Don’t make the mistake of thinking that you have to agree with people and their beliefs to defend them from injustice.
~ Bryant H. McGill
Let’s explore the difference between a recession and a depression. Folks are asking this question lately because we’re currently in hard times the likes of which haven’t been seen since the 30’s depression or so we’ve been told.
The interesting thing if you took a look at that article link I posted above is that this recession was supposed to have ended a few years ago already. Doesn’t look like the economists got it right did they?
But they’re calling it a recession. Is it a recession? And if so, what is different between a depression and a recession?
Well, economists don’t necessarily agree on what the differences are between depressions and recessions, but the best definition I found was this. A depression is when the GDP falls more than 10% over a sustained period of time, usually a year or more. A recession is when GDP declines but is less than 10% over a similar period of time.
With these numbers in mind, it would seem that we are in a recession and not a depression as the GDP fell just -0.3% in 2008 and -3.5% in 2009.
Apparently, according to the BEA (Bureau of Economic Analysis) GDP grew both in 2010 (3%) and 2011 (final numbers not out yet) however, I am very circumspect of those kids of numbers as I believe that the BEA as well as other groups continue to massage the numbers to keep us optimistic.
If you search around the net for information about GDP and the reliability of those numbers as well and especially of the employment numbers you see that economics turns into more magic than math.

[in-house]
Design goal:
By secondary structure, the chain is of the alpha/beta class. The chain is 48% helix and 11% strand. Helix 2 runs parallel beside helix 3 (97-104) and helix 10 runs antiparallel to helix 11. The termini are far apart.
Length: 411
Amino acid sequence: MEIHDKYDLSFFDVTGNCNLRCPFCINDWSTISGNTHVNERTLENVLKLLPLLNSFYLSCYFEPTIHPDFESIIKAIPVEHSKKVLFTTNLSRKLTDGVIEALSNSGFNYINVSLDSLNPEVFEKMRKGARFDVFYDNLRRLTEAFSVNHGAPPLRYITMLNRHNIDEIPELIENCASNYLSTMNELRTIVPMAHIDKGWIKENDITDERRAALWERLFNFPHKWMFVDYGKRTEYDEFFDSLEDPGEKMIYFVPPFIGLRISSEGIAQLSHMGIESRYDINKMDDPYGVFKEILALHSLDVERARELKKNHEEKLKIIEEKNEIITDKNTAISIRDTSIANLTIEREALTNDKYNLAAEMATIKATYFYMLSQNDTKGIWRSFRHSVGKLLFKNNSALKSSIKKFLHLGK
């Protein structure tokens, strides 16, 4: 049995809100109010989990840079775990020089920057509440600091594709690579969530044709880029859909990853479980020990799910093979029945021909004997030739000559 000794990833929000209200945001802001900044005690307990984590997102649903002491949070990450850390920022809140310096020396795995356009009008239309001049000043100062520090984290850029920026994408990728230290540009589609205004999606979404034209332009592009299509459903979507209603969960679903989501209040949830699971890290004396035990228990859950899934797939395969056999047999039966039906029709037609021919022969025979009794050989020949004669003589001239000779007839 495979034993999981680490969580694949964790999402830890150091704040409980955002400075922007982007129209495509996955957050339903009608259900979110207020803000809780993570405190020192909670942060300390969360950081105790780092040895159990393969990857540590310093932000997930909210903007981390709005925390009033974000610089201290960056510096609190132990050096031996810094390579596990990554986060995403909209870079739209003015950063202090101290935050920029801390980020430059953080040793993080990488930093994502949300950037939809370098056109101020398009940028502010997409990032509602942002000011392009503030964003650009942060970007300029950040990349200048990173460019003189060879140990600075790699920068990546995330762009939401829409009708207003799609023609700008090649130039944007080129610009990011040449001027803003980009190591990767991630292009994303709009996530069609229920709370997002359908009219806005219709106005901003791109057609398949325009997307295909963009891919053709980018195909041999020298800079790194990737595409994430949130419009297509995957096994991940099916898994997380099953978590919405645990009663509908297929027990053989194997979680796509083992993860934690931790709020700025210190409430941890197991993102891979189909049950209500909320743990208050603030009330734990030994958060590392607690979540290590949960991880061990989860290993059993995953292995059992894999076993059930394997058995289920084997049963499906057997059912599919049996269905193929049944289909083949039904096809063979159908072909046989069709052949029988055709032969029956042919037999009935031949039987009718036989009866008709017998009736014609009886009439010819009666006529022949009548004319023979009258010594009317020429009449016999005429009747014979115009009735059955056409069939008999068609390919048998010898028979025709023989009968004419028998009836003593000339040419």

As such, I don’t put much weight in them myself. A prefer to think of the perhaps colloquial or comical way of determining whether we are in a recession or depression. Here it goes. You might have heard it before as a joke, but I think there is some sincerity and truthfulness behind the smile.
A recession is when your neighbour loses his job. A depression is when both you and your neighbour lose your jobs.
At the end of the day, does it really matter whether we are in a recession or depression? I don’t think it does.
Our society is full of such inequality that it has become a mute point. Think of Occupy Wall Street. Mother Jones has a great graphic that gives terrific visual representation to this inequality. Basically, the top 10% of wealthiest Americans control 66% of our wealth.
With the real unemployment rate over 10%, this is not the kind of society that is egalitarian and just in my opinion. So recessions or depressions are mute. While so many of us can’t find work or work that pays even a modest income and with so many of us especially 1 in every 2 members of Congress being millionaires, you know they don’t have your interest at heart.
We need to educate ourselves and start asking questions about why there is so much injustice and inequality in our world. A good place to start is examining the myth of the liberal media. Just start thinking about that. When most media is owned by a few large corporations think about who’s interests would they be more aligned with.
Start with reading Noam Chomsky and checking out Z Communications. Both are left leaning, but with so much right leaning pablum forced down your throat by the TV and other media outlets lately, it’s time to seek out alternatives perspectives. And just start thinking about it. Use your own critical thinking and power of observation. Disengage from the propaganda and start thinking for yourself.